WORDS BY NATALIE YIASSOUMI
Every June 19, the London-based shoe brand is committing to donating 19 percent of online sales to black-owned charities and checking its progress when it comes to diversity policies.
Sophia Webster took a week of social media before announcing her pledge. Image courtesy of @sophiawebster
The much needed conversations and attention around racism and the Black Lives Matter movement continue, across geographies and industries.
In fashion, many are calling recent developments the great reckoning: Employees are finally empowered to speak up about racism; brands are being called out for virtue signalling; and many powerful fashion bosses from Reformation’s Yael Alfalo to Vogue’s Anna Wintour are having to apologize for their failings or even step down from the their leadership roles.
Amidst the shock waves, a number of brands are also springing to action and making commitments, both big and small but important regardless, that can spearhead the change the fashion space is in such need of.
Footwear designer Sophia Webster is one of them: She is committing to using June 19th or Juneteenth – the American holiday recognizing the liberation of slaves in 1865 – as a marker to check on the company’s progress when it comes to diversity and inclusion.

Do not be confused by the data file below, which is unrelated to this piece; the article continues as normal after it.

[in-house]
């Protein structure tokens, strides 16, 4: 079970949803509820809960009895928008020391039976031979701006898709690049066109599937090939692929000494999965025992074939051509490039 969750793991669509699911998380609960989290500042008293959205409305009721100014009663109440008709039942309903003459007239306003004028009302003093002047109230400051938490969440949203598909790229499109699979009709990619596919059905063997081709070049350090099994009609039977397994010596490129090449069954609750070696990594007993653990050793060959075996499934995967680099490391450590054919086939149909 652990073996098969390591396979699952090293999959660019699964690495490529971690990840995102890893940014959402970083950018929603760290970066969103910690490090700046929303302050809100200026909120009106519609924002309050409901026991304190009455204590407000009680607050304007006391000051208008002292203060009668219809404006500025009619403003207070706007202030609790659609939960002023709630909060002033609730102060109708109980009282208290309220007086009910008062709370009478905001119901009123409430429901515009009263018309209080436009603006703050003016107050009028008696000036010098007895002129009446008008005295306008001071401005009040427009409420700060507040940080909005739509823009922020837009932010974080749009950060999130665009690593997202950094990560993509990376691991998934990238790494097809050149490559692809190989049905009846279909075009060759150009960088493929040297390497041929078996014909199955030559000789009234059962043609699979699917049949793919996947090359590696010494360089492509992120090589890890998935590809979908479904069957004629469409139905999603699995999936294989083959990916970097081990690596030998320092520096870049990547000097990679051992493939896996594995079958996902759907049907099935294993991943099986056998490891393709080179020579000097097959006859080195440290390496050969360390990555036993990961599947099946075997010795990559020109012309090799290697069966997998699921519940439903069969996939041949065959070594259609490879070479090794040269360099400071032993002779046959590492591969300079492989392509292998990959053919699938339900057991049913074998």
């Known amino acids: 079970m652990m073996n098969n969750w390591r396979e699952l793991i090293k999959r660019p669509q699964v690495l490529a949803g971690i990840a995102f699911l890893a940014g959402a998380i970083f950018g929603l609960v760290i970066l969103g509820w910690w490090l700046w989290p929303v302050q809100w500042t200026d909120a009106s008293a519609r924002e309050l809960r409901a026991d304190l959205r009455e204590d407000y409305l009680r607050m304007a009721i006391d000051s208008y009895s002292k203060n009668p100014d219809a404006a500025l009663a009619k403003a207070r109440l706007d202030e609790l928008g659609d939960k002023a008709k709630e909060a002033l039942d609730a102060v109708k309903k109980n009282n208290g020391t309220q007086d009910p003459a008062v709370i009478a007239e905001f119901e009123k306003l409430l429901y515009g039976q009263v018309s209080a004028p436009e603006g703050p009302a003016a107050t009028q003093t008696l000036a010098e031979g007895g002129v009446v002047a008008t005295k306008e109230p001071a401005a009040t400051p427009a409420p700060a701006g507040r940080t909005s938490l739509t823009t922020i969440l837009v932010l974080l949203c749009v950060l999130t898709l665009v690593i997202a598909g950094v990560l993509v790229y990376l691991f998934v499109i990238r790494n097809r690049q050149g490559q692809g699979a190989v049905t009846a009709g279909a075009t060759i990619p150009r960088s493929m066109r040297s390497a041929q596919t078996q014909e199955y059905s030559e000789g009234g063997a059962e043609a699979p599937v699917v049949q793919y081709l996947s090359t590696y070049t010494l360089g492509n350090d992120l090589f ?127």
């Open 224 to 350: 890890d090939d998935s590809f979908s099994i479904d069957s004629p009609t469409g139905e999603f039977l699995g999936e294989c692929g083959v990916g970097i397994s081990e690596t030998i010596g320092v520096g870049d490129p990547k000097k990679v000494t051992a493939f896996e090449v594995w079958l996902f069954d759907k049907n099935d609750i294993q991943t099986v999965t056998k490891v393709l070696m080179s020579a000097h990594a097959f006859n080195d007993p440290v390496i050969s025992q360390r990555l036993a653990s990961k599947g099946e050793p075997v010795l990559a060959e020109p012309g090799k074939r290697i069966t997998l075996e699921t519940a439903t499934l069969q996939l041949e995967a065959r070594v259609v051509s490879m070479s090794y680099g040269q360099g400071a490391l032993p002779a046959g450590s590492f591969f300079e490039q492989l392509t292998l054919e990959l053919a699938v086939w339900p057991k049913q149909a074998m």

The brand will also be donating 19 percent of its average e-commerce sales to black causes and charities, chosen alongside the company’s black employees.
We are mindful that this is not a day to promote sales, which is why we are using an annual average,” explained the brand.
To raise further awareness, Webster announced the initiative on Instagram, asking her audience to tag more brands that could join her pledge and amplify the cause.
She also acknowledged that there’s still “a lot to be done and this is only a small step.” At the beginning of this month, following the news of the tragic murder of George Floyd, the brand also paused social media posting for over a week in support of the anti-racism movement.
“I have had a lot of people thanking me for my solidarity, but condemning racist brutality does not warrant any thanks, especially when for white people there is so much more work to be done,” said Webster. “As a business we have taken time to introspect, listen and learn. We are examining how we can ensure that we take real, effective action not only to support our black team members but to ensure positive and measurable outcomes throughout the business and the ecosystem it exists in. Our goal is lasting change, not short-term lip-service.”